17]. This characteristic makes LCC-S compensation suitable for DWPT.

This study extends the application of the LCC-S compensated DWPT for a logistic robot that requires a smaller and lighter receiver part. The contribution of this includes the study of the LCC-S topology with a segmented lumped coil which is more practical for DWPT compared to a single symmetric coil as studied in [

17]. This proposed topology has less sensitivity to load variation, and more predictable behavior against the mutual coupling variation. The independent load transmitter coils current characteristic also can limit the maximum voltage stress of the compensator capacitor. In addition to the contribution, the presented analysis, practical design guideline may be useful for the implementation of the system in near future. We also expect that this study could encourage the idea of using DWPT for logistic robot application that could be a promising technology in this decade. In the subsequent sections, the analysis, modeling, design, hardware implementation, and testing procedures will be discussed.

## 2. Analysis and Characteristic of LCC-S DWPT

A complete system of a DWPT consists of AC-DC converter, inverter, resonant compensation circuit of the primary and secondary side, transmitter and receiver coil, rectifier, and post-regulator stage if needed. The AC-DC converter is necessary to convert the AC voltage from the utility AC grid to the DWPT system to serve as the power factor corrector (PFC). The inverter provides the square AC voltage to the compensation circuit and again reconverted to DC voltage by the rectifier, and in some cases, it is connected to the post regulator converter.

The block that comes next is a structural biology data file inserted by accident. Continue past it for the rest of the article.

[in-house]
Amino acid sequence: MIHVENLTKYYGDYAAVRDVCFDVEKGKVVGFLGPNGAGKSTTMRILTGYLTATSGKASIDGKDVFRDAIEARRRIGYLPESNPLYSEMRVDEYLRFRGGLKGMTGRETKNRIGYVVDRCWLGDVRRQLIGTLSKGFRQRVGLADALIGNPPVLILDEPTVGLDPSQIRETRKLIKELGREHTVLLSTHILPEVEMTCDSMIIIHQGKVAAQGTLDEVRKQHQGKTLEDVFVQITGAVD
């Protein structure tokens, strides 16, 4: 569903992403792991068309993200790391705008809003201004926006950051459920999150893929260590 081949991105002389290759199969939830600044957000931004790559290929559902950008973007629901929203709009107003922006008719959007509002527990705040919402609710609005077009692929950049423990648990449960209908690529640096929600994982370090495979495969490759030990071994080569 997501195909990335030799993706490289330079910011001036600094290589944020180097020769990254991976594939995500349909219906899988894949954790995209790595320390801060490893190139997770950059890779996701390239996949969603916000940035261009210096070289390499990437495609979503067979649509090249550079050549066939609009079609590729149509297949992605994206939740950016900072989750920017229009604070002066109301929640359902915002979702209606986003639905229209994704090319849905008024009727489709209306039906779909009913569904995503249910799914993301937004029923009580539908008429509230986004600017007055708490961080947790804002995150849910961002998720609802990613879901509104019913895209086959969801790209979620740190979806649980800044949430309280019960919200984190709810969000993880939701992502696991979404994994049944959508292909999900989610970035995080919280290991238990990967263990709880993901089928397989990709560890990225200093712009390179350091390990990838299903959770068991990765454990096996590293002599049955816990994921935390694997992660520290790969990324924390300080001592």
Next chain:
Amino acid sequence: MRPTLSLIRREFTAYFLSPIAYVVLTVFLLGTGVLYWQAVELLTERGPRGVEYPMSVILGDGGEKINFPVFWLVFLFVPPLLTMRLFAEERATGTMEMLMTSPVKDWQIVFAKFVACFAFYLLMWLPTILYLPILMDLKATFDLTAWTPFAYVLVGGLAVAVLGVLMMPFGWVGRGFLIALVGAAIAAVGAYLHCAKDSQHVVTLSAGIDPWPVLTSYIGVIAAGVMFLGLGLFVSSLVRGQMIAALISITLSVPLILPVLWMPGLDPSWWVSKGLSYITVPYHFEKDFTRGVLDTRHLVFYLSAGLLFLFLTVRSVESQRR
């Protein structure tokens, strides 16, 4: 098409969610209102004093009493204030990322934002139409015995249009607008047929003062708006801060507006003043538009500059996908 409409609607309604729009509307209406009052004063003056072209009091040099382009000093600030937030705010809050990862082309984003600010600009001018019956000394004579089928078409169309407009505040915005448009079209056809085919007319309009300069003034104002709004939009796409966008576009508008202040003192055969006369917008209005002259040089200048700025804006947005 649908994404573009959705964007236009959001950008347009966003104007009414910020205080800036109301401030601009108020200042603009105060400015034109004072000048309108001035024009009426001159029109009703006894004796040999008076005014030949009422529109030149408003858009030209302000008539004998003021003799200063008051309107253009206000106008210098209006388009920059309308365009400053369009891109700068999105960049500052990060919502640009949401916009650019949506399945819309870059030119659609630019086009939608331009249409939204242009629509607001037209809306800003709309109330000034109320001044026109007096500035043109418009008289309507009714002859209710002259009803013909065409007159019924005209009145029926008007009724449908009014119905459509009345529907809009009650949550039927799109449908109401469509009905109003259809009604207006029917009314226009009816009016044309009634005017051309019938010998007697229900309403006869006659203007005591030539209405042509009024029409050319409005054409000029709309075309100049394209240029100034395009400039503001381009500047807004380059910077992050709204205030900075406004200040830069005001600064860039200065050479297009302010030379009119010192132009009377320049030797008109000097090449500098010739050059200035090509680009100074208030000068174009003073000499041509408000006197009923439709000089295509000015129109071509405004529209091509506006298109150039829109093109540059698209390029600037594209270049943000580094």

Figure 1 illustrates two types of transmitter coil configuration. It can be either a long single track, as depictured in

Figure 1a, or a segmented lumped coil, as depictured in

Figure 1b. The utilization of a long single track transmitter has been reported in [

18] under a platform called Roadway Powered Electric Vehicle (RPEV).

This configuration has a more robust coupling coefficient variation, but it suffers from the small coupling and stray magnetic field. In contrary, the segmented lumped coils suffer from the coupling variation, such that system has to be optimized to have the robust power transfer against the coupling coefficient. In this study, a segmented lumped transmitter is selected and optimization is implemented by optimizing the compensator design.

The analysis in this section only focuses on the DC-DC stage. Therefore, the output of AC-DC voltage is represented as the DC input voltage (

V_{in}_{(DC)}).

Figure 2 shows that compensator consists of a series resonant inductor (

L_{pr}), a parallel resonant capacitor (

C_{pp}), a series capacitor in the transmitter (

C_{ps}), and a series capacitor in the receiver side (

C_{ss}). This is why it’s named as the LCC-S or LCC-C DWPT. A segmented three lumped coils can be considered as a transmitter inductor (

L_{p}) as expressed in (1). Mutual inductance (

M) between the transmitter and receiver is expressed in (2), wherein

k is the coupling coefficient. In this section, the analysis of the system is based on the AC analysis by means first harmonic approximation (FHA). We also have presented this analysis for a static WTP system in [

19]. In this method, only the fundamental frequency is considered [

10]. All of the components are assumed ideal for simplicity.